Sunday, October 26, 2008

“The Brief Wondrous Life of Oscar Wao” by Junot Díaz

Year of Publication: 2007
Genre: fiction, family saga
Setting and Time: New York, New Jersey and Dominican Republic, 1950s to present day
Themes: immigration, “nerdness”, America, Dominican Republic, Latinos, dictatorship, family curse, ghetto life

Winner of the Pulitzer Prize 2008

About the author: Junot Díaz was born in Santo Domingo, Dominican Republic, in 1968. He immigrated to New Jersey in 1974 and graduated from Rutgers University. He received an MA from Cornell University and now teaches creative writing at MIT. His first collection of short stories, Drown (1996), focuses on the teenage narrator’s impoverished, fatherless youth in the Dominican Republic and his struggle adapting to his new life in New Jersey. The collection was very successful and his long-awaited first novel, The Brief Wondrous Life of Oscar Wao (2007) won him the Pulitzer Prize in 2008.

Plot: Things have never been easy for Oscar. A ghetto nerd living with his Dominican family in New Jersey, he’s sweet but disastrously overweight. He dreams of becoming the next J.RR. Tolkien and he keeps falling hopelessly in love. Poor Oscar may never get what he wants, thanks to the Fukú – the ancient curse that has haunted his family for generations – dooming the to prison, torture, violent accidents and, above all, ill-starred love.

Some thoughts: Michiko Kakutani, from The New York Times, writes: “So original it can only be described as Mario Vargas Llosa meets Star Trek meets David Foster Wallace meets Kanye West.”. I love Vargas Llosa, even though I could not finish La Fiesta del Chivo (The Feast of the Goat in English), and I think that some parts of this book are a better, lighter version of that book. The author describes Trujillo, the former dictator of the Dominican Republic, in the same way as Vargas Llosa did: with rage, hatred and humour. If you are familiar with Latin American literature than you will know that family sagas are its landmark (García Márquez and Isabel Allende brought them to fame). This is a family saga, or better, an immigrant-family saga (the British and American 21th century literary revelation), but there’s more into it. Magical realism is there of course (the fukú and all that), but ghetto-style language and Oscar’s obsession with sci-fi and fantasy novels spice up the book. There is a lot of Kanye West I would say, i.e. African American / Latino street-talk that I found quite funny, not being American. And well, it looks like I should read some David Foster Wallace (who died a few weeks ago, by the way)! Is he fond of footnotes like Junot Díaz? I found that annoying and hilarious at the same time, for example when at the beginning of the book the author feels obliged to explain who Trujillo was: “For those of you who missed your mandatory two seconds of Dominican history: … “.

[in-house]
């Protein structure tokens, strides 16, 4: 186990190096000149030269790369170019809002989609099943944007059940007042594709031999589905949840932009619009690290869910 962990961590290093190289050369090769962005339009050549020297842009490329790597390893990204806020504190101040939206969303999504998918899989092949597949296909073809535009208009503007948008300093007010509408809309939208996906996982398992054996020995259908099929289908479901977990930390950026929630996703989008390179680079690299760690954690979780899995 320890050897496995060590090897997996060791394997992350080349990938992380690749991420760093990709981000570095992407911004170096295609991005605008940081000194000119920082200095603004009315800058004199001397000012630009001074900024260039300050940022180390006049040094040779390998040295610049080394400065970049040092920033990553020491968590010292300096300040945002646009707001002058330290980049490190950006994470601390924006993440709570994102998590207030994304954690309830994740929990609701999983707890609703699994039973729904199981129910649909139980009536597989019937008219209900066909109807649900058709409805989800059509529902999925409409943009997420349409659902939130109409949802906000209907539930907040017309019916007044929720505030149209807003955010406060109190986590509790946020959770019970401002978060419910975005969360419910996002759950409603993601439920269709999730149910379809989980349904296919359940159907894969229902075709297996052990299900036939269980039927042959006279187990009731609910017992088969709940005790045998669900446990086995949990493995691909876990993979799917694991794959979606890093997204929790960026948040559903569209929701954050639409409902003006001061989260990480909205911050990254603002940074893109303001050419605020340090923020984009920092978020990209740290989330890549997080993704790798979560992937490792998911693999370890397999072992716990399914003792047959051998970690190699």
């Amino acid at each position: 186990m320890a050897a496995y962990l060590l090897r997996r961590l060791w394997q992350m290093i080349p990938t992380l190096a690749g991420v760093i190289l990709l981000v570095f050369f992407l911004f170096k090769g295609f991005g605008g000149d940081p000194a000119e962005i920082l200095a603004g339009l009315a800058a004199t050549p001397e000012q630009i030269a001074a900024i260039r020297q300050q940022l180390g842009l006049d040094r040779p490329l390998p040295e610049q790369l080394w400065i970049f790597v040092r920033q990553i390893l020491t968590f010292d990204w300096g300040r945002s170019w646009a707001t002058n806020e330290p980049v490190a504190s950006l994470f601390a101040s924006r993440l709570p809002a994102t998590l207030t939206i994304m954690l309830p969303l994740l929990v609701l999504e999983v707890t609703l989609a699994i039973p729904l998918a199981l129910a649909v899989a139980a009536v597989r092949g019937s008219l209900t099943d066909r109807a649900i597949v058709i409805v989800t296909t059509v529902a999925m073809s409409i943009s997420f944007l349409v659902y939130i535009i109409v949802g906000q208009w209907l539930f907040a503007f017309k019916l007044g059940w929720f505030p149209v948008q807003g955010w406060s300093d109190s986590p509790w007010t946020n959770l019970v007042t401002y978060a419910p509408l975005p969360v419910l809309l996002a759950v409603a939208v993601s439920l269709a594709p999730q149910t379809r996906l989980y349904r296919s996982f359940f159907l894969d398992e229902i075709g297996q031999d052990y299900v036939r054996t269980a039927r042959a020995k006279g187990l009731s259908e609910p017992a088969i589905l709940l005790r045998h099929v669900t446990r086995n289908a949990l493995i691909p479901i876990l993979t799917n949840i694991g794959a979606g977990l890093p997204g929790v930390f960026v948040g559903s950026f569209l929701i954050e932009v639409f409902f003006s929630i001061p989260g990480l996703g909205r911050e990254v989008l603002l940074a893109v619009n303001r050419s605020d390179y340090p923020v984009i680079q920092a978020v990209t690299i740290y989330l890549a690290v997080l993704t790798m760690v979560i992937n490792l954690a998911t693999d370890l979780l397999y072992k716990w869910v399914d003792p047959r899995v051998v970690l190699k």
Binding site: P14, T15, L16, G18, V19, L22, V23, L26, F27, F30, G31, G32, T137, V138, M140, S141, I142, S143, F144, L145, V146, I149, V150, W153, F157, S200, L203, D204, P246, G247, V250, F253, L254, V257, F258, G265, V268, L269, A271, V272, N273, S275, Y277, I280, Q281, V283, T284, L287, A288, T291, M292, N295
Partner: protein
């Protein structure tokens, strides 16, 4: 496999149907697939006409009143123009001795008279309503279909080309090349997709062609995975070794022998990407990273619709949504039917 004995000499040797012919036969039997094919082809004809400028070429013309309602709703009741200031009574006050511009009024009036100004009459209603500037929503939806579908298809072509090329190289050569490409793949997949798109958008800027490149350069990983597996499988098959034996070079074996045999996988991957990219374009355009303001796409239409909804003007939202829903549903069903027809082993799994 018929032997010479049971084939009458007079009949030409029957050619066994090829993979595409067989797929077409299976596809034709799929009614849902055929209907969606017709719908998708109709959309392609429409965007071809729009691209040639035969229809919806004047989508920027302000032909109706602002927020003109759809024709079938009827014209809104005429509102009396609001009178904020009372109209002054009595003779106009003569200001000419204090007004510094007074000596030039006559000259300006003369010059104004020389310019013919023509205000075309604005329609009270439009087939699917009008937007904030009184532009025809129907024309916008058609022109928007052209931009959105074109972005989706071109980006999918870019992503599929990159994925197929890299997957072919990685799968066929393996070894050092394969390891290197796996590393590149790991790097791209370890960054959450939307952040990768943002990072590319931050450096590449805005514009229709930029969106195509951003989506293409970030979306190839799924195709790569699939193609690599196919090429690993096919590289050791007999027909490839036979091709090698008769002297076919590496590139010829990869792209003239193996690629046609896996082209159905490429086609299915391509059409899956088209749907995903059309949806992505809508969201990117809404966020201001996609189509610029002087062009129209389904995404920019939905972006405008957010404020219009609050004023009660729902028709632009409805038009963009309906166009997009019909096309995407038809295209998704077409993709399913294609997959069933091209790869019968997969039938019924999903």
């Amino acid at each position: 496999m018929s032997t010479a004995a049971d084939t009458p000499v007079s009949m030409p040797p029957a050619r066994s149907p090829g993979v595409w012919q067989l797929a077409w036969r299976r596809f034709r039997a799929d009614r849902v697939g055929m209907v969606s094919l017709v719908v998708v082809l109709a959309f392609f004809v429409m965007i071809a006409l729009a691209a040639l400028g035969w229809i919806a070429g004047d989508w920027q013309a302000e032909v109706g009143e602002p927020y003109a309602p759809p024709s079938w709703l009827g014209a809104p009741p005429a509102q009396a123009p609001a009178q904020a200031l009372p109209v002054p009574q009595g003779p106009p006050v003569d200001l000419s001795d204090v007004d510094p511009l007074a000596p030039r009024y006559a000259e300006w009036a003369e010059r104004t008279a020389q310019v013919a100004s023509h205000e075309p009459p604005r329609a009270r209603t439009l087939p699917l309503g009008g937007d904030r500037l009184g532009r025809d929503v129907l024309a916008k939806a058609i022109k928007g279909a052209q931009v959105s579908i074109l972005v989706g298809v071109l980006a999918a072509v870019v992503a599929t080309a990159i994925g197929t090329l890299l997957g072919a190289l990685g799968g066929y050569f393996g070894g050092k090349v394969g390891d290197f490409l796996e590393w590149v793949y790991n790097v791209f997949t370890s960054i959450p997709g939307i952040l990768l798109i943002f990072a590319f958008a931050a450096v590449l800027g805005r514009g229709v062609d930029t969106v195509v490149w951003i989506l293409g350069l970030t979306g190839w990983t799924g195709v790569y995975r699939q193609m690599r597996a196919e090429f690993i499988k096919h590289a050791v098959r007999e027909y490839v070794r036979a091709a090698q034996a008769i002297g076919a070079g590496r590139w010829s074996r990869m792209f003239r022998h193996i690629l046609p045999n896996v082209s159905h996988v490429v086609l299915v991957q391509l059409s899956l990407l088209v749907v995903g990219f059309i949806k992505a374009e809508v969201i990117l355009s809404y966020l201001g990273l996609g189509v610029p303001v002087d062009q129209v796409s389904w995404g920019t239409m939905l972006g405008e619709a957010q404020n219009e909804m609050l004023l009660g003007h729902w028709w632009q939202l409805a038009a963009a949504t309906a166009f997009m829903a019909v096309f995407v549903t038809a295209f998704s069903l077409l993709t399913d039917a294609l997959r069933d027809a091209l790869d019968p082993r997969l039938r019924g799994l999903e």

The only thing that spoiled my “Junot Diaz experience” was that I had already read one of his short stories, actually the one that inspired the book, so I already knew how it would end. Not that you cannot guess from the beginning: I think that choosing Junior, Oscar’s sister’s ex-boyfriend, as the narrator for the story was not the best thing to do.
Overall, this was a wonderful book: very funny at times, but sad and depressing at others. Oh, and a last observation: the author must have been a nerd himself in his teenage years, otherwise he wouldn’t have known so much about sci-fi books and “nerdness”! And gosh, if you've ever known a few Dominicans you will know that being Dominican and a nerd is like saying that the ice is on fire. The stereotype is: Dominicans men are all machos and they always know how to charm a lady (also because they get a lot of them). They're nothing like sweet Oscar and that's what I liked about the book: Oscar's so un-Dominican that you start to believe he is a real person and not just a character from a book. Well done, señor Díaz!


  1. beh, mi hai fatto venir voglia di leggerlo...

    un abbraccio

  2. l'amore per i libri è comune a molte persone.. belle anche le parole it(aliene).. ciaoooooooo

  3. My dad offered to send me this recently after he'd finished it, but I told him that I had too many other books to read at the moment. Your review is the latest to make me wonder whether I made the right decision.

  4. *So* glad you liked it... I've received mixed messages after my raving review.

    r-lo... is it too late to get it? I think it's worth having for a rainy day. It knocked me over, frankly.

  5. C'mon Junot Diaz! By the way, how do you pronounce that first name???